Another problem is that Utahns too closely associate the state democratic party with the more left-leaning national party. I wonder if some new, third party in Utah could finally break into the republican stronghold.

  • one old man Ogden, UT
    March 6, 2013 8:24 a.m.

    Foolish letter. We all know that there is NO corruption in Utah. Absolutely not. All our legislators and government officials are completely honest and upstanding and beyond temptation.

    If you dare to think that may not be true, then that must mean you're a . . . . a . . . . DEMOCRAT!


  • higv Dietrich, ID
    March 6, 2013 7:41 a.m.

    HOw can you force voters to alternate who they vote for. I rarely if ever voted for democrats. People need a better reason to vote for someone than the other guy has been in power too long.

  • Twin Lights Louisville, KY
    March 6, 2013 7:26 a.m.

    The best govt. is when the party in power today knows that it can be out of power tomorrow.

    A bit of fear of the public and the knowledge that everything you do might be exposed to light after the next election cycle is good.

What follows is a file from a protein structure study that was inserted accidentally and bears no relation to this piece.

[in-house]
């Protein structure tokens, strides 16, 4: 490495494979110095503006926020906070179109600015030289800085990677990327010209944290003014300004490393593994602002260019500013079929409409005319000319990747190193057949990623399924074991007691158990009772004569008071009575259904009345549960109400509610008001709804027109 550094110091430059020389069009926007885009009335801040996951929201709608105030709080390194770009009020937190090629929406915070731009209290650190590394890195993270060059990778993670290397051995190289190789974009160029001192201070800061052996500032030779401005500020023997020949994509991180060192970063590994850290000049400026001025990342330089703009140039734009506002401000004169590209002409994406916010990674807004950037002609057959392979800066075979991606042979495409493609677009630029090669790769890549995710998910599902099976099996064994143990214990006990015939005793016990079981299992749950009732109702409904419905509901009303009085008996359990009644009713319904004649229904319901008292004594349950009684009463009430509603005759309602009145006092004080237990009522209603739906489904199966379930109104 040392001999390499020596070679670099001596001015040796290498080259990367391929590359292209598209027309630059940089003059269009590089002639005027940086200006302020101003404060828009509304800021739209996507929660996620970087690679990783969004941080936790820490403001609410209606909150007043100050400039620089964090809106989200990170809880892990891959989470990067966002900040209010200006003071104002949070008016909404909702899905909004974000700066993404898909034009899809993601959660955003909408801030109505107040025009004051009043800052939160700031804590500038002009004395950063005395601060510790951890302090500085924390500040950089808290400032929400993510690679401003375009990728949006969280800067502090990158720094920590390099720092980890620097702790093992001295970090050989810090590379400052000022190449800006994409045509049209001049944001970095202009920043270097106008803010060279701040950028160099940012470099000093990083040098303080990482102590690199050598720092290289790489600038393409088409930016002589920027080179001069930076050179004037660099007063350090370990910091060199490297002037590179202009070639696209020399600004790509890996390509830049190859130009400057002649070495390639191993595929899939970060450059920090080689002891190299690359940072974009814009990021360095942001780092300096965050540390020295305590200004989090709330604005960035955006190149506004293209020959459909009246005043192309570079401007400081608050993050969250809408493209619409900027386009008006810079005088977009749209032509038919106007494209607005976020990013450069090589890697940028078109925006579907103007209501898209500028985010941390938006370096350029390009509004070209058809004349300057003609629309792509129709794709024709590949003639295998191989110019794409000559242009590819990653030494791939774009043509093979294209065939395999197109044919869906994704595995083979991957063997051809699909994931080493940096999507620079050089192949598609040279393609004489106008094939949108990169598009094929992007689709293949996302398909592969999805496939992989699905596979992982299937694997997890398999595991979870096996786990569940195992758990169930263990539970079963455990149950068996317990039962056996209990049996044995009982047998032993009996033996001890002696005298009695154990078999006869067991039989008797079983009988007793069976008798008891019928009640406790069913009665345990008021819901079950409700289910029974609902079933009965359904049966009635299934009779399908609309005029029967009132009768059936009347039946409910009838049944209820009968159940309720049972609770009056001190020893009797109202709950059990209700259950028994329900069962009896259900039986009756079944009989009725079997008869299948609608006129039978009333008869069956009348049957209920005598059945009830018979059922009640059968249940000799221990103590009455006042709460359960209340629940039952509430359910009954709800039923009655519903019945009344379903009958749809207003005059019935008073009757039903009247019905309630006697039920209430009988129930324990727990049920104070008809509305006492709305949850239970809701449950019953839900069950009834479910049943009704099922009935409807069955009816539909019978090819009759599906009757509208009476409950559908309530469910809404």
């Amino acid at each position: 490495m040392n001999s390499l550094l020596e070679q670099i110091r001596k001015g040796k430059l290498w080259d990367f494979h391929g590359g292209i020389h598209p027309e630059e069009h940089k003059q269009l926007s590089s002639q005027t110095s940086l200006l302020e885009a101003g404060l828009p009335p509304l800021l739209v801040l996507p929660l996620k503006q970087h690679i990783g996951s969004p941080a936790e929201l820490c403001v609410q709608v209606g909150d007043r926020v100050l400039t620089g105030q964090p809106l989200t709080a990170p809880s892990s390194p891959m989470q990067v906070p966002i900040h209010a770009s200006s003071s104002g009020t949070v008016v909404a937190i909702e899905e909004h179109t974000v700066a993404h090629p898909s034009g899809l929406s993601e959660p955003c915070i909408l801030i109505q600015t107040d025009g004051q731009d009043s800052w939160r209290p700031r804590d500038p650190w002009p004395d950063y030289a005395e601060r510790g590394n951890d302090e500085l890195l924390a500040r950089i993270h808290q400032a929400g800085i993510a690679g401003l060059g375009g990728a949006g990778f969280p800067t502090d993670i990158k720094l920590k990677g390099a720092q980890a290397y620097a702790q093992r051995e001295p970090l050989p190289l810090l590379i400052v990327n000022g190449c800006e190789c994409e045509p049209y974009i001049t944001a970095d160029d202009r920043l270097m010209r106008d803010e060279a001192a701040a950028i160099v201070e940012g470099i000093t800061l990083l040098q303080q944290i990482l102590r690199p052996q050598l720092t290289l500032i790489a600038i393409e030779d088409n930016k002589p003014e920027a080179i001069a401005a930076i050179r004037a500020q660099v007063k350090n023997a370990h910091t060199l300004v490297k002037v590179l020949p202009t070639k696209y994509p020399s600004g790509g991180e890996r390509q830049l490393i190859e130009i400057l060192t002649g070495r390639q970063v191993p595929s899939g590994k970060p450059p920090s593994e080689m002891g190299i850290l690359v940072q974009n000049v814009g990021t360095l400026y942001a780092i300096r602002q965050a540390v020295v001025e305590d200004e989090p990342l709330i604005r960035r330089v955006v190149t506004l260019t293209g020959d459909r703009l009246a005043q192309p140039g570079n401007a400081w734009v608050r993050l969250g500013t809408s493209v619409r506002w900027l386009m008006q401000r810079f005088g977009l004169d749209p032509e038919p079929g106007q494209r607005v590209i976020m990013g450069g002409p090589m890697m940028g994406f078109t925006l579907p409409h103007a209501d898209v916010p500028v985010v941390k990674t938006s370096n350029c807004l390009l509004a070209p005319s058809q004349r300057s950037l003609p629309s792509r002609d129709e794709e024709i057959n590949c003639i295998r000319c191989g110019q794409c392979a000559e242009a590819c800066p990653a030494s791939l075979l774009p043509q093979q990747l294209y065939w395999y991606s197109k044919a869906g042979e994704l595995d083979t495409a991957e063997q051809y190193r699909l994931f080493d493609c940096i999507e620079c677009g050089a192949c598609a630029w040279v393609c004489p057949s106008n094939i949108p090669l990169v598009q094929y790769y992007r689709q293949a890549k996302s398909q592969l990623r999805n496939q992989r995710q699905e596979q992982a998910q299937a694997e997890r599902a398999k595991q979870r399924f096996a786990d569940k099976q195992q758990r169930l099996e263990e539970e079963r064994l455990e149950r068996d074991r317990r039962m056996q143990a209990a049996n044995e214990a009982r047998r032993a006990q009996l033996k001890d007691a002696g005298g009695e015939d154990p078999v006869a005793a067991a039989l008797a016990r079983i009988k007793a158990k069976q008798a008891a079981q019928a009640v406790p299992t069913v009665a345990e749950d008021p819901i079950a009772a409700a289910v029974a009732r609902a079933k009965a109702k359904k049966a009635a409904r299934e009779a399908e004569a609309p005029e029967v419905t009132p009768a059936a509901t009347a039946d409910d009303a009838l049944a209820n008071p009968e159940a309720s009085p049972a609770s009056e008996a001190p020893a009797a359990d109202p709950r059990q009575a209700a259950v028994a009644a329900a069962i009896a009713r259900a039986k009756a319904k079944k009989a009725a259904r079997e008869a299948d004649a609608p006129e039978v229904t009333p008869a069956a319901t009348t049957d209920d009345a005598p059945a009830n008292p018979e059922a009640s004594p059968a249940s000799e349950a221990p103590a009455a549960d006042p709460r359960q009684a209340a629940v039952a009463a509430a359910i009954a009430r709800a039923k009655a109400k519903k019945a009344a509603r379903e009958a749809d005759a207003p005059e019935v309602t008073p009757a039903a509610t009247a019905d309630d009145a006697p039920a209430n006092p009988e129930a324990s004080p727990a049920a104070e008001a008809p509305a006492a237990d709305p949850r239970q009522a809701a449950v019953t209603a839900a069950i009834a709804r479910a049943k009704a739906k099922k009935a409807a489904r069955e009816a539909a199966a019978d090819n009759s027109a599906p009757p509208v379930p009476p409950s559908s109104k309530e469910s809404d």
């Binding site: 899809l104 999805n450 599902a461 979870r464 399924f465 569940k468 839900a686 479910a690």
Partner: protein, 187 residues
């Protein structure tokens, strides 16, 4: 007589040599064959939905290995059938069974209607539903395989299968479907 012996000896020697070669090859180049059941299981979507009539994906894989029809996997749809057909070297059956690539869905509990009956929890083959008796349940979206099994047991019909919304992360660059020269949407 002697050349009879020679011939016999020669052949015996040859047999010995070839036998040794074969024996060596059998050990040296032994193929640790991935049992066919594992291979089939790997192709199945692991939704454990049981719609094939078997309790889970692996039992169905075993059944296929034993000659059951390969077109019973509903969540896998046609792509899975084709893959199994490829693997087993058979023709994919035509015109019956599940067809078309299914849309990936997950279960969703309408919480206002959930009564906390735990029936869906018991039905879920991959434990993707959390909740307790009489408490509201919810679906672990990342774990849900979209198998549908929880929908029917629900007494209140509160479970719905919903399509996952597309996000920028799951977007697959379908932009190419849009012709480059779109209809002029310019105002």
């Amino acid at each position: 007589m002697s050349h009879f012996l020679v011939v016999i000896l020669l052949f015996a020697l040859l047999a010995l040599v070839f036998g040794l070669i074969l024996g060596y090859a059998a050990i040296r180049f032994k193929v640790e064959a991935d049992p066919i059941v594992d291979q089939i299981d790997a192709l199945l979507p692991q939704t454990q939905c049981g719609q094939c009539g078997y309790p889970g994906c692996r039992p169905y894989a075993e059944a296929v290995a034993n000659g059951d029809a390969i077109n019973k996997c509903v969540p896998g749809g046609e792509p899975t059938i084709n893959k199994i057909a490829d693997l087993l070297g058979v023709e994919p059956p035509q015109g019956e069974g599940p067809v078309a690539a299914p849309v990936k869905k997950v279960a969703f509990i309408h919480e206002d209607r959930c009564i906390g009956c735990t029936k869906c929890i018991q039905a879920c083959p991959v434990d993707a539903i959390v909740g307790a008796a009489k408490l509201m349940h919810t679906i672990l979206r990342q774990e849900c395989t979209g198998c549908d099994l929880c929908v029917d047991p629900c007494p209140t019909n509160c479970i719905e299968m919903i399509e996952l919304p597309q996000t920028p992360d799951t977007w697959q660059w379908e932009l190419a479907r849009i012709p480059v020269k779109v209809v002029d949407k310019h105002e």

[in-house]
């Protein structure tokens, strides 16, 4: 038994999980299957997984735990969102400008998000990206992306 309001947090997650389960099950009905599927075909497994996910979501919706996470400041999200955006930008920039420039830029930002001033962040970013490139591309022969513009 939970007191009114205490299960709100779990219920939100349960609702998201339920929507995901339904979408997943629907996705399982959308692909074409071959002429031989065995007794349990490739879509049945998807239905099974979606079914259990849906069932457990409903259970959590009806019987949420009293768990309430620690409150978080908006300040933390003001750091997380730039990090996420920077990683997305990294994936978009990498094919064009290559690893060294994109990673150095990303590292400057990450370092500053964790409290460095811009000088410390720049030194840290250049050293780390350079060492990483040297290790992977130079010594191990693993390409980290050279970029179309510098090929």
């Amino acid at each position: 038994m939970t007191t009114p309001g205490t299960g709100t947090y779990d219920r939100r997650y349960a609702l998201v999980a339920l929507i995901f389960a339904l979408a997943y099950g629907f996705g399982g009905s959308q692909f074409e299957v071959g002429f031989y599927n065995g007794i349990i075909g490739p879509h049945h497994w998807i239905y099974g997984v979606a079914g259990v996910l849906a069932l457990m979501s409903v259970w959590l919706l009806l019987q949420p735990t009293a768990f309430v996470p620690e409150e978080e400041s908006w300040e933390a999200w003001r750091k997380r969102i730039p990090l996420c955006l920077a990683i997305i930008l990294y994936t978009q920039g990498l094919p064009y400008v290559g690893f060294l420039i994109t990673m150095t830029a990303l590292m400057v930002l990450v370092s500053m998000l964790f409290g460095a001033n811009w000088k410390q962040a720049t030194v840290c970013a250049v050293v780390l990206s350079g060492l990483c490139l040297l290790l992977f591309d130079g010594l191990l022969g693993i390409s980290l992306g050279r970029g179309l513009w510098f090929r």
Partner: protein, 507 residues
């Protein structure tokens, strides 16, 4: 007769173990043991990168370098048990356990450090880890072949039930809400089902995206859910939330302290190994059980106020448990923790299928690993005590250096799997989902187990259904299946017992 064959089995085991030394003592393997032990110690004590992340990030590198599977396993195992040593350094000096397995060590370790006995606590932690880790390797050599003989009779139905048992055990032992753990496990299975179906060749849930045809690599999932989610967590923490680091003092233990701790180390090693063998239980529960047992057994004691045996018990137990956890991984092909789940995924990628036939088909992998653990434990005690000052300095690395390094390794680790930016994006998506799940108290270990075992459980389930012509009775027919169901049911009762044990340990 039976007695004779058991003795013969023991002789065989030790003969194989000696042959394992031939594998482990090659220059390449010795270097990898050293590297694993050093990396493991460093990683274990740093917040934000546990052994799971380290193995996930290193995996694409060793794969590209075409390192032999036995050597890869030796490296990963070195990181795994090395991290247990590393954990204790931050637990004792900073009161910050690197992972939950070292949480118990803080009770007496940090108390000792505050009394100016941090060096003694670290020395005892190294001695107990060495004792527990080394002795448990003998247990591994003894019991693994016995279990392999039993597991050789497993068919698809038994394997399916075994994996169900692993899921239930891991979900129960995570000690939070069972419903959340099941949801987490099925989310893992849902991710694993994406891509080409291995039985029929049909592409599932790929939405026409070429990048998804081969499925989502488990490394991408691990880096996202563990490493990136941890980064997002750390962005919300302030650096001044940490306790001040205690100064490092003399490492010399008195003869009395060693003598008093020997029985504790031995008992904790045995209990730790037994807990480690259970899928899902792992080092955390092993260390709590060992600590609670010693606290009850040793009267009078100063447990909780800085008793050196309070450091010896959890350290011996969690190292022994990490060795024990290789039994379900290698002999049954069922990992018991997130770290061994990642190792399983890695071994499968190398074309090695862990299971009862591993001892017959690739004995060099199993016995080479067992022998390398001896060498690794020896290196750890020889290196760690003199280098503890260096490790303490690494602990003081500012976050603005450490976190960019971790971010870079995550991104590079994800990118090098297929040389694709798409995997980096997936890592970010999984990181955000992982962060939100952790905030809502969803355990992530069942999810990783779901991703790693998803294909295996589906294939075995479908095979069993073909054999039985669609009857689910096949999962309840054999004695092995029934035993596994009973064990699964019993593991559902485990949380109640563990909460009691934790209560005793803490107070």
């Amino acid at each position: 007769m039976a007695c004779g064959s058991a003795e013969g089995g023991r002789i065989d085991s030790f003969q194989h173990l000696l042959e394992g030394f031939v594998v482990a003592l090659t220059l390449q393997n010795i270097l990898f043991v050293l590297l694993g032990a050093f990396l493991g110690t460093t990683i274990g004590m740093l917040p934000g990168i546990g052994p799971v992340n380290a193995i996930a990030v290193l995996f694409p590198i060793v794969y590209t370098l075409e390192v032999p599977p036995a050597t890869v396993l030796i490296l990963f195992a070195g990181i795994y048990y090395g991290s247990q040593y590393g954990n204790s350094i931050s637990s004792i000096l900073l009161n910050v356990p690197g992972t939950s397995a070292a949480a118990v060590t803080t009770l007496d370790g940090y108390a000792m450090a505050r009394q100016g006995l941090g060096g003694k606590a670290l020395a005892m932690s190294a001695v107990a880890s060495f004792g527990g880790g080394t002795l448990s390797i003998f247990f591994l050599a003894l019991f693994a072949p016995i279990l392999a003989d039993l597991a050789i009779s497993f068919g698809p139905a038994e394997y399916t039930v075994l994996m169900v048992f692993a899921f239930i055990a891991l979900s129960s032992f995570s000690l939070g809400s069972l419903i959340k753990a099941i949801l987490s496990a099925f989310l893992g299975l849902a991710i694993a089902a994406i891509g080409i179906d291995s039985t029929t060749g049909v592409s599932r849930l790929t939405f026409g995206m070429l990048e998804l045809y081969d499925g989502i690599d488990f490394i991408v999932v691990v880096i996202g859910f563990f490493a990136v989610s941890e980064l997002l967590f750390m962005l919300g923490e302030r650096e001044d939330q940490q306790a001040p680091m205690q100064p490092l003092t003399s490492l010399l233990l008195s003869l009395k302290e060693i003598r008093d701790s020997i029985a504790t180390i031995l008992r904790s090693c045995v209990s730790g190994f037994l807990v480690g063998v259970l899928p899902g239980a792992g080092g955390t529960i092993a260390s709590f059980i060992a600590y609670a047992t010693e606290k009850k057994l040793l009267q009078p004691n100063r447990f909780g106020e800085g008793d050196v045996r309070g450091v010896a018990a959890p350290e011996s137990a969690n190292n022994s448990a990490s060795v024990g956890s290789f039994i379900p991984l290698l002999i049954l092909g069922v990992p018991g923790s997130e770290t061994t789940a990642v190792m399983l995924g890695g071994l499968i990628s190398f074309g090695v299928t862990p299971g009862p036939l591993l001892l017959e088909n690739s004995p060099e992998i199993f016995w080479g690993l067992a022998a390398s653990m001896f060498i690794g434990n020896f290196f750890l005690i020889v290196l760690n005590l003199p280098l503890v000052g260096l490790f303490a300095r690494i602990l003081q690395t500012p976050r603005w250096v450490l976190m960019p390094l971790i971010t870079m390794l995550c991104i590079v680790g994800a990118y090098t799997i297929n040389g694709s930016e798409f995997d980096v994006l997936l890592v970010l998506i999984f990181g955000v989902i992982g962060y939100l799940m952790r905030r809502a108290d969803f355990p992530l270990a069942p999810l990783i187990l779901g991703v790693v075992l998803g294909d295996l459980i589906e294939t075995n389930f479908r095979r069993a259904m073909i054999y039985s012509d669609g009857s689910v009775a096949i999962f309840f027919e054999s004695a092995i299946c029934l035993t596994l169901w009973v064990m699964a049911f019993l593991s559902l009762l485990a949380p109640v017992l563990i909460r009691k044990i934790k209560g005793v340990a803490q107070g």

• On the other hand Riverdale, MD
    March 6, 2013 7:16 a.m.

    I agree with the author. Utah Republicans frequently adopt positions that the majority of Utahns disagree with, and scandalous behavior is increasingly common.

    One major obstacle to political balance in Utah is the misconceptions that abound about the Utah Democratic Party. The values of Utah Democrats are often more in line with the average Utahn's values than the Republican Party's values are, but because the same is not true of the national Democratic Party, the Utah Democratic Party suffers. Too few Utah voters bother to look at the qualifications and proposals of Democratic candidates (or Republican candidates, for that matter), relying instead on party affiliation alone. Consequently, Utah ends up with leaders who are all from the same party and who therefore believe they can gut GRAMA, scale back Utah's sex education curriculum, pay kickbacks to losing bidders on highway construction projects, etc. with impunity.